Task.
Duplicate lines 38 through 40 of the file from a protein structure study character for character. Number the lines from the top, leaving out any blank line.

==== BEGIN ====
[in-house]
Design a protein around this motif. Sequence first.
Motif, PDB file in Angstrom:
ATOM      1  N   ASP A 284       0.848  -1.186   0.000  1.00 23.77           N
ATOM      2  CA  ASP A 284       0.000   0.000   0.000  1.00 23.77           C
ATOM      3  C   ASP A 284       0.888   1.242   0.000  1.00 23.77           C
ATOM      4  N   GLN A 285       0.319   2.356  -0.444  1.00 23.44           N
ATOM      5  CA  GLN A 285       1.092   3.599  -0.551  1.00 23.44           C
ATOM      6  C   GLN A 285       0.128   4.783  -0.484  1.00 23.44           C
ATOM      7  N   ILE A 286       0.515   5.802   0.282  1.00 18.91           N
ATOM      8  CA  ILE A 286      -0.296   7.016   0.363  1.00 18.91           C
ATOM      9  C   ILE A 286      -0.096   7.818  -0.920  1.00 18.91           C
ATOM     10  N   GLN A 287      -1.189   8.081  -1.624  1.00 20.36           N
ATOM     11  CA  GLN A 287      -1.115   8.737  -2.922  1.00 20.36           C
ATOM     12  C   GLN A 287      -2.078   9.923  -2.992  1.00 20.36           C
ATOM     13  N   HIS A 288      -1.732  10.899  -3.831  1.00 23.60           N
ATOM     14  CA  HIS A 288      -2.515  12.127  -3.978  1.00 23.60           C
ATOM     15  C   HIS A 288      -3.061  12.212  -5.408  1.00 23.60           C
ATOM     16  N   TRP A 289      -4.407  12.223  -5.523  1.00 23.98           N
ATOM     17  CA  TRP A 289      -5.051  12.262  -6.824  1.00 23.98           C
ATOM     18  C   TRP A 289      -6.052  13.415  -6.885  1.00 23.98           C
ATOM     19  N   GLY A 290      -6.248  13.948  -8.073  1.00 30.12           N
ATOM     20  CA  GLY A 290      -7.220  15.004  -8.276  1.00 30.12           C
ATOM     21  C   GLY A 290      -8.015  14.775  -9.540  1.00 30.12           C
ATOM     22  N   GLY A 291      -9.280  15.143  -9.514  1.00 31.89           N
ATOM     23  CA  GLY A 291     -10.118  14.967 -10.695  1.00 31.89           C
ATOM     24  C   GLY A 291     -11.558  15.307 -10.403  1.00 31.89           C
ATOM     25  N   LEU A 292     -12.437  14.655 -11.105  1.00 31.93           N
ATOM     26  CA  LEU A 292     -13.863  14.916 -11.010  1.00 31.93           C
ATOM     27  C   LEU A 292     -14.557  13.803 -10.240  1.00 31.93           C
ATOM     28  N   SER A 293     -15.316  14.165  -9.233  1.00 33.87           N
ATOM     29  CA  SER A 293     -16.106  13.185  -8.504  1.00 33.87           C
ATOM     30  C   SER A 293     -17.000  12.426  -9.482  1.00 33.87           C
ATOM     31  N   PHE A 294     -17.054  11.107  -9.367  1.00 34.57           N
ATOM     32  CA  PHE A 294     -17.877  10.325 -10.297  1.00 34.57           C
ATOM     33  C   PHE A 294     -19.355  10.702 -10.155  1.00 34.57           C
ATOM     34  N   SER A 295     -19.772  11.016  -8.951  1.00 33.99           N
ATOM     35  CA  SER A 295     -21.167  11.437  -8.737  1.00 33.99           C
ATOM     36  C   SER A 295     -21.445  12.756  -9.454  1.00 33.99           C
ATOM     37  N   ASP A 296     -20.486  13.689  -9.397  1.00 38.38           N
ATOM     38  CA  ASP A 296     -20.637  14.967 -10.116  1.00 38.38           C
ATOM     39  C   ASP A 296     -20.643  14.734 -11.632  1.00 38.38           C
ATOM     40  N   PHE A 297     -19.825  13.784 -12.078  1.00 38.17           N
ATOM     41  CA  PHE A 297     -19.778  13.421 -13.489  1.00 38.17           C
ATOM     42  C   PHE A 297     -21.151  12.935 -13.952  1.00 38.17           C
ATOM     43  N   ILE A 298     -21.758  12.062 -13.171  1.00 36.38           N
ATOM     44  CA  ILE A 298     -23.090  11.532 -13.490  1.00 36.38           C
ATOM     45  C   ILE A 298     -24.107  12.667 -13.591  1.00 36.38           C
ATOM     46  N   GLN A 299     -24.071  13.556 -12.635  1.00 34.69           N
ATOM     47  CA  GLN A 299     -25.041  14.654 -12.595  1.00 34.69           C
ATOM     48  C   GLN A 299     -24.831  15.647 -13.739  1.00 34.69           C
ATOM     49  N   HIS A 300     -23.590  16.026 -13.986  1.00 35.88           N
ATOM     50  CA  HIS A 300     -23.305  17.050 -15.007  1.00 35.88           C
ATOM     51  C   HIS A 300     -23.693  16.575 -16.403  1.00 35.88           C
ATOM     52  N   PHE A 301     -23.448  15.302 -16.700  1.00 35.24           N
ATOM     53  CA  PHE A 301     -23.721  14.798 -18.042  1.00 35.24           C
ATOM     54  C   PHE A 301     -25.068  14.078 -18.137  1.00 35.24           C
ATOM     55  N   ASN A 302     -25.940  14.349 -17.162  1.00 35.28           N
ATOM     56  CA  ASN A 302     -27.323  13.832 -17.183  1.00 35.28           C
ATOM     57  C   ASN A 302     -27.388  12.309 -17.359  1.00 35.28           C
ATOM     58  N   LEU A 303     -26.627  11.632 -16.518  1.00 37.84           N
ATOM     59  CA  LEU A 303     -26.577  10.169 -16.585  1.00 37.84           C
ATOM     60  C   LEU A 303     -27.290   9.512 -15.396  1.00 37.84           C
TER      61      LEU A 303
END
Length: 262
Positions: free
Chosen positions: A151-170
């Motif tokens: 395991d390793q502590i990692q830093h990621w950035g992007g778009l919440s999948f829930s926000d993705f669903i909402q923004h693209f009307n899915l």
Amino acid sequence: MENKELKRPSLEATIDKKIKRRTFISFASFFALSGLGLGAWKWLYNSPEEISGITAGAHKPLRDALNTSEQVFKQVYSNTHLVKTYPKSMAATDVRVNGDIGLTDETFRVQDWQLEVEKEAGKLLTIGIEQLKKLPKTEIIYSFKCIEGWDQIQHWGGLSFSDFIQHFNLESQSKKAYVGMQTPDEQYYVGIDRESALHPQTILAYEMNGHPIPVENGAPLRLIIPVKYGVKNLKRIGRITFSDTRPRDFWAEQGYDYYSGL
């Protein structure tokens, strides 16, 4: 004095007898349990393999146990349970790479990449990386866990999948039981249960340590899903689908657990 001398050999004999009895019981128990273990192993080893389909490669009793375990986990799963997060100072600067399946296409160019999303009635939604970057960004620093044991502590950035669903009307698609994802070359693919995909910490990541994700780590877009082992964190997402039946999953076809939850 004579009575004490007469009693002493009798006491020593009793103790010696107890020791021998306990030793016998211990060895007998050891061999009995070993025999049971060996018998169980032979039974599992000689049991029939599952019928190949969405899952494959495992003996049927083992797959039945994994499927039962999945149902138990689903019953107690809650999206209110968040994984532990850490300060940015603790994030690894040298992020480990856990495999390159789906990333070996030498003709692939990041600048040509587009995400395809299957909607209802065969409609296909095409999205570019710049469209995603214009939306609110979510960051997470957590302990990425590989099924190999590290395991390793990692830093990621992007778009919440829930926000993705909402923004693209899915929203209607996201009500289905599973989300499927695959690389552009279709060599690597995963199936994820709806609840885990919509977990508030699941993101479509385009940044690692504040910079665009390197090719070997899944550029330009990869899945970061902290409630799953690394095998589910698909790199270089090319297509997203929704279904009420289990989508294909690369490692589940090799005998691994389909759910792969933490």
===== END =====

ATOM     35  CA  SER A 295     -21.167  11.437  -8.737  1.00 33.99           C
ATOM     36  C   SER A 295     -21.445  12.756  -9.454  1.00 33.99           C
ATOM     37  N   ASP A 296     -20.486  13.689  -9.397  1.00 38.38           N